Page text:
Salford science on screen!
Apr 16, 2018
A popular BBC series has heaped praise on University of Salford scientists for “bringing science to life”.
Health: Truth or Scare, which is fronted by veteran reporter Angela Rippon and shown on BBC1 and BBC2, has made Salford the go-to place for separating scientific fact from fiction.
Series two broadcast every weekday, from April 16-20, features no fewer than SIX Salford scientists - Chloe James, Patricia Ragazzon, Steve Preece, Chris Bramah, Joe Latimer and Sarah Withers - and includes the biggest public science experiment the series has ever conducted!
Programme-makers originally approached microbiologist Chloe James to explain antibiotic resistance and were so impressed with the cooperation they received, they followed up by posing other contested questions to our sport science team and our health biologists.
Series producer at the BBC Chris Walker said: “Your people really understand the importance of bringing something to life on screen and I hope that when you see the antibiotic resistance film you’ll agree that it tells a potentially very dry and complicated story in a really entertaining way.
“What makes Health: Truth or Scare different is that it looks into the science behind scare headlines to see if they hold any water or have been blown out of proportion. So getting the scientists on screen to explain the actual facts is the key.”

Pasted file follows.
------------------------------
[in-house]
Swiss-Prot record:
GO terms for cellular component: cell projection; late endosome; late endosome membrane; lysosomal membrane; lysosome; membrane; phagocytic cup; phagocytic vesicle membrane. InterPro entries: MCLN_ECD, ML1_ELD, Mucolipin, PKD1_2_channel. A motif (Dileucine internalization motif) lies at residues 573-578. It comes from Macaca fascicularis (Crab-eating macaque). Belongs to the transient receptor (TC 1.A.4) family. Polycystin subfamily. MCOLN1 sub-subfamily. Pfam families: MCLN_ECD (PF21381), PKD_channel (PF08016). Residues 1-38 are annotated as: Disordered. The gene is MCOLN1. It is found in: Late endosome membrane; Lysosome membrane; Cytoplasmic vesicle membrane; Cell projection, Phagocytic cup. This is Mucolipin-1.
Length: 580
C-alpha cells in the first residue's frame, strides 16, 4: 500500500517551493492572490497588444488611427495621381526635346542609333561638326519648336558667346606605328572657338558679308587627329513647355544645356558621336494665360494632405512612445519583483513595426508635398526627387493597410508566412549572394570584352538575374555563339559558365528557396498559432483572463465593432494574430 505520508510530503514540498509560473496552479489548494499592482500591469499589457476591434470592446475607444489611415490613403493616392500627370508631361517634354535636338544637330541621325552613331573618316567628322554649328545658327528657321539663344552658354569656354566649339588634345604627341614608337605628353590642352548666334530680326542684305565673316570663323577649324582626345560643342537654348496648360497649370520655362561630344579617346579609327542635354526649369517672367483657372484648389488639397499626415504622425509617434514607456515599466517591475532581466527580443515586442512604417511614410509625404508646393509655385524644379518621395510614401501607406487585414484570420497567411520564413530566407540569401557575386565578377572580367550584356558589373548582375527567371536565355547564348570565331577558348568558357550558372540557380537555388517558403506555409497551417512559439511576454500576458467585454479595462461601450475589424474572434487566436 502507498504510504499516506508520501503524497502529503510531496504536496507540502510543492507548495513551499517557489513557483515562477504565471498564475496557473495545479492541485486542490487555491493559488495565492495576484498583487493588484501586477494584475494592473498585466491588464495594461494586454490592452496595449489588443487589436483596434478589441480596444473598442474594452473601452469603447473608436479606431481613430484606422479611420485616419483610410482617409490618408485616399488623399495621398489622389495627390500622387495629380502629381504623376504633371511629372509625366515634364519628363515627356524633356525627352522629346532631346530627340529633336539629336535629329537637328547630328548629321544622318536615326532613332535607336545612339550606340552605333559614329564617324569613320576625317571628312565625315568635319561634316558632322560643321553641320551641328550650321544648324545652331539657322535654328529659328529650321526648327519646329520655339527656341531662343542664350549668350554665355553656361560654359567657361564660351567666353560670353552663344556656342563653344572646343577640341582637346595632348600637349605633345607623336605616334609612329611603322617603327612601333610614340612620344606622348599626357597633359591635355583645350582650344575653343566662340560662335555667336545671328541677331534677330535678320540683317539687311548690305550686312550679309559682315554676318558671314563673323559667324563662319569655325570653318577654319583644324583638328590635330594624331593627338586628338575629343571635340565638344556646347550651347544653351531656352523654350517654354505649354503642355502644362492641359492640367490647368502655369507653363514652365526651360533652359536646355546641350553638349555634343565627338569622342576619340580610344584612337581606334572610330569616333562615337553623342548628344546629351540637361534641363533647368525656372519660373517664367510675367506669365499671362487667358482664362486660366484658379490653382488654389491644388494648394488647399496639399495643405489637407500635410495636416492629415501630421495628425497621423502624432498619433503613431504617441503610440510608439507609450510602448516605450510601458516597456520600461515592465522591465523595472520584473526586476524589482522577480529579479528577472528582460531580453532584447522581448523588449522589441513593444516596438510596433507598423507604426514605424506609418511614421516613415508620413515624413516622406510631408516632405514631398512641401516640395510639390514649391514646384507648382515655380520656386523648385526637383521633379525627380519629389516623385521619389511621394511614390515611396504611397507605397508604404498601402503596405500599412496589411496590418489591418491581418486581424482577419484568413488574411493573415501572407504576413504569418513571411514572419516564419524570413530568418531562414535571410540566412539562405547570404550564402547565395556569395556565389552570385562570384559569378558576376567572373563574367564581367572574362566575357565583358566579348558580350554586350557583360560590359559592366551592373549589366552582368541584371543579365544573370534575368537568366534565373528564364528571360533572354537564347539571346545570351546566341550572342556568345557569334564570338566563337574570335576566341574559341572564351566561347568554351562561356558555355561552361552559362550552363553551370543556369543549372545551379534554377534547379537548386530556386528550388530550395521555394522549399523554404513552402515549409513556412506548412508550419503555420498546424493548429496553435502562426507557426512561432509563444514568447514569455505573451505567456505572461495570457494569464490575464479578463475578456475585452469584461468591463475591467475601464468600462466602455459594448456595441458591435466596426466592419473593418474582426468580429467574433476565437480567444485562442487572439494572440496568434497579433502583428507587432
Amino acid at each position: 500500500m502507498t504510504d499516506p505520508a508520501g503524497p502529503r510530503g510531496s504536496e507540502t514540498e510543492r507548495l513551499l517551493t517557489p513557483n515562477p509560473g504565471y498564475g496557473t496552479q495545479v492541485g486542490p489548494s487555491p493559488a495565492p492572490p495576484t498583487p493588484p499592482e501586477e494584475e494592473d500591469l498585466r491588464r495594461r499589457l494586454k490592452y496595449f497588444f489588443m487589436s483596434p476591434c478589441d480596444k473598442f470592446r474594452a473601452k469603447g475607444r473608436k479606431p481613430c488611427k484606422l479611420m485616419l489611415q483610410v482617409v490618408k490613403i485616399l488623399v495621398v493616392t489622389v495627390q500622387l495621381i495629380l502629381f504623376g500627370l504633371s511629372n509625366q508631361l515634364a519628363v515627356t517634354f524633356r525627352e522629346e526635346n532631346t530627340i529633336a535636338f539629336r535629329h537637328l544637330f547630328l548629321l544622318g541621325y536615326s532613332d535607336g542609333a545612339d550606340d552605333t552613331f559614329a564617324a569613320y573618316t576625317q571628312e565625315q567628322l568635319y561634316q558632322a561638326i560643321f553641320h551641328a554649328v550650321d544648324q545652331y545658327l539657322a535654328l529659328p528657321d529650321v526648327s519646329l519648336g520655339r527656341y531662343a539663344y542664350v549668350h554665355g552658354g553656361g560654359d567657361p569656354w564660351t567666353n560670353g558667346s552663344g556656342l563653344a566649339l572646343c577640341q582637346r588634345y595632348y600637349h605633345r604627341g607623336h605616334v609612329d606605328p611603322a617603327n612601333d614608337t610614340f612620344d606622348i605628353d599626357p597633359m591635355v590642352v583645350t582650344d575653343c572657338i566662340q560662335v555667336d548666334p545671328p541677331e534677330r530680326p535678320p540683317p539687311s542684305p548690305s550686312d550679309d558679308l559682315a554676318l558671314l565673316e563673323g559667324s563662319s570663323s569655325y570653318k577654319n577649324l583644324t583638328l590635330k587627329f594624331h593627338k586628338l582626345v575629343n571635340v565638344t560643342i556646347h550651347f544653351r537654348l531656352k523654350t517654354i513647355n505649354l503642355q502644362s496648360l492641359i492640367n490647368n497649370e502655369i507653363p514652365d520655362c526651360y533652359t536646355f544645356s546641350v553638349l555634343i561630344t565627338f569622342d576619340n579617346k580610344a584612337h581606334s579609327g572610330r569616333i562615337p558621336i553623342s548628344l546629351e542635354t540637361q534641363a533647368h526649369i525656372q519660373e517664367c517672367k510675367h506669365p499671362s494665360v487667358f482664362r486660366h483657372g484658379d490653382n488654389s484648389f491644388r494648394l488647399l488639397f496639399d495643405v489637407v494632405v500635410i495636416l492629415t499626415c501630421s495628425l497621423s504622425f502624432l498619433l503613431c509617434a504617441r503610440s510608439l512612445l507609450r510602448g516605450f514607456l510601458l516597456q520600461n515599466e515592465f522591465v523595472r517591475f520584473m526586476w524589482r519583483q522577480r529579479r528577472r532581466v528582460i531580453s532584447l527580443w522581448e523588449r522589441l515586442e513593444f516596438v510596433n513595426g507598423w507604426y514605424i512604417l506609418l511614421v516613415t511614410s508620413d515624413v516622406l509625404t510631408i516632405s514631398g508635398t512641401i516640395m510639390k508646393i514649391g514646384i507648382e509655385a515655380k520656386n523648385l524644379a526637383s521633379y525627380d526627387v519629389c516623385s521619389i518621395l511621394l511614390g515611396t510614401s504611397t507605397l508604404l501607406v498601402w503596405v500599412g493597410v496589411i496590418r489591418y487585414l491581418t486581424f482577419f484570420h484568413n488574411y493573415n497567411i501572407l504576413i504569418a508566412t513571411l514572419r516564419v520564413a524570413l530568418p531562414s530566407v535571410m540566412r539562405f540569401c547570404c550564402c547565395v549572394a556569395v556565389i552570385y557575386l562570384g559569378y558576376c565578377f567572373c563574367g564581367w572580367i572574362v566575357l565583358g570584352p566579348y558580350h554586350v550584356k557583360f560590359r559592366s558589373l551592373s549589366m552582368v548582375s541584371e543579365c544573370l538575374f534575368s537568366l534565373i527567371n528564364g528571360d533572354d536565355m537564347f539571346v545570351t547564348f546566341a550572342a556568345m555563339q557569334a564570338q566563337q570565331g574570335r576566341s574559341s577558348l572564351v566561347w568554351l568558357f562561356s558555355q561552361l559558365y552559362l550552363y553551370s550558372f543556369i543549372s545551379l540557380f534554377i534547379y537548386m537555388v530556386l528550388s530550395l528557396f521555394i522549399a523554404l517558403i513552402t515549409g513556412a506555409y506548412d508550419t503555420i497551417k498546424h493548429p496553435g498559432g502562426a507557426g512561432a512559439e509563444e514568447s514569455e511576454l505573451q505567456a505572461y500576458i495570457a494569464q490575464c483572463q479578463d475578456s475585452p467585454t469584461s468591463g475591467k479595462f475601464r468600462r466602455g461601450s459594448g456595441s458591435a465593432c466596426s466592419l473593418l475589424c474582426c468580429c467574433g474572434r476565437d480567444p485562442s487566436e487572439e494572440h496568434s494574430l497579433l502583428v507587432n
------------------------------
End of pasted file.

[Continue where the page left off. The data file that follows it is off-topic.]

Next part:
It’s also a lot of fun – not least getting the legendary Rippon playing a game of pool in the Student Union to illustrate ‘microbe-wars’”
The first programme (aired on Monday 16 April) takes a closer look at whether running can be a harmful for our joints. Dr Steve Preece and physiotherapist Chris Bramah were asked whether there is evidence to support claims that running leads to long-term joint damage and whether it can aid weight loss.
Steve said: “We looked at Angela’s running gait using our 3D motion capture system and gave her a personalised running programme over six weeks. We then reassessed her after the programme to see the effects on her joints, which was interesting because Angela is over 70 years old and has never really run before.”
“This was a fantastic opportunity for us to showcase our research and demonstrate the benefits of our running performance clinic.”
The team are also setting up a similar running clinic at the Manchester Institute for Health and Performance – one of the University’s key industry partners.
In the same episode, Drs Joe Latimer and Sarah Withers in ELS were posed questions about mouthwash and whether it does more harm than good. Sarah is asked about links to diabetes and she explains how the condition is regulated by the signalling molecule nitric oxide while Joe swabs the teeth and tongues of local ballroom dancers and considers our microbiome!
A shorter version of the item featuring Steve and Chris was also shown on The One Show on BBC1 with Angela Rippon, aired on Wednesday 11 April and available to view on iPlayer.
Watch out for Joe too on Channel 4’s forthcoming documentary The Great British Germ Hunt where he looks into the benefits and risks around our personal body bacteria.